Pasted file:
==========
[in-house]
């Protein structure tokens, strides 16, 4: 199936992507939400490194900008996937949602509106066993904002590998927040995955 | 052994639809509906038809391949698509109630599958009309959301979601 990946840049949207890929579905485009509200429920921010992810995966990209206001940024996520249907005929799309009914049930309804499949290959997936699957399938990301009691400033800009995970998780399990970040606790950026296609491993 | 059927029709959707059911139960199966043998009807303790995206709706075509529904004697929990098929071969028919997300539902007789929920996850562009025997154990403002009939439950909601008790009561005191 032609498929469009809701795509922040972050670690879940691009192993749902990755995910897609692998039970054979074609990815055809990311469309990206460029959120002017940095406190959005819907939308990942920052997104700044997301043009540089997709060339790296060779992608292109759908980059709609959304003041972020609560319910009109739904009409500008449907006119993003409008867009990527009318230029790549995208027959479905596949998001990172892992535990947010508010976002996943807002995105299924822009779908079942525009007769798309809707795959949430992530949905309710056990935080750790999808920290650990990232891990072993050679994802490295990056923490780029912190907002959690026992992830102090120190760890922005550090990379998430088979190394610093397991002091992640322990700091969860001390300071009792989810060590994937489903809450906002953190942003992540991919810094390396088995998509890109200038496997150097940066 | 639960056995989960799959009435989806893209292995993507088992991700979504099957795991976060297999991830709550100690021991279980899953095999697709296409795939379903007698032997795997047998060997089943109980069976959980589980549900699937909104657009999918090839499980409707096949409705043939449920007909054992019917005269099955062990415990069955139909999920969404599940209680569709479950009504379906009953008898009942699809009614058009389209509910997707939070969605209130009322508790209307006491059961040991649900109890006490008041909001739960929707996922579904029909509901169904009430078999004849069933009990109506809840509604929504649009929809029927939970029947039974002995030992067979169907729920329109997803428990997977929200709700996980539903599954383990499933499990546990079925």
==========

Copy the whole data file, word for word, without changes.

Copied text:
[in-house]
């Protein structure tokens, strides 16, 4: 199936992507939400490194900008996937949602509106066993904002590998927040995955 | 052994639809509906038809391949698509109630599958009309959301979601 990946840049949207890929579905485009509200429920921010992810995966990209206001940024996520249907005929799309009914049930309804499949290959997936699957399938990301009691400033800009995970998780399990970040606790950026296609491993 | 059927029709959707059911139960199966043998009807303790995206709706075509529904004697929990098929071969028919997300539902007789929920996850562009025997154990403002009939439950909601008790009561005191 032609498929469009809701795509922040972050670690879940691009192993749902990755995910897609692998039970054979074609990815055809990311469309990206460029959120002017940095406190959005819907939308990942920052997104700044997301043009540089997709060339790296060779992608292109759908980059709609959304003041972020609560319910009109739904009409500008449907006119993003409008867009990527009318230029790549995208027959479905596949998001990172892992535990947010508010976002996943807002995105299924822009779908079942525009007769798309809707795959949430992530949905309710056990935080750790999808920290650990990232891990072993050679994802490295990056923490780029912190907002959690026992992830102090120190760890922005550090990379998430088979190394610093397991002091992640322990700091969860001390300071009792989810060590994937489903809450906002953190942003992540991919810094390396088995998509890109200038496997150097940066 | 639960056995989960799959009435989806893209292995993507088992991700979504099957795991976060297999991830709550100690021991279980899953095999697709296409795939379903007698032997795997047998060997089943109980069976959980589980549900699937909104657009999918090839499980409707096949409705043939449920007909054992019917005269099955062990415990069955139909999920969404599940209680569709479950009504379906009953008898009942699809009614058009389209509910997707939070969605209130009322508790209307006491059961040991649900109890006490008041909001739960929707996922579904029909509901169904009430078999004849069933009990109506809840509604929504649009929809029927939970029947039974002995030992067979169907729920329109997803428990997977929200709700996980539903599954383990499933499990546990079925």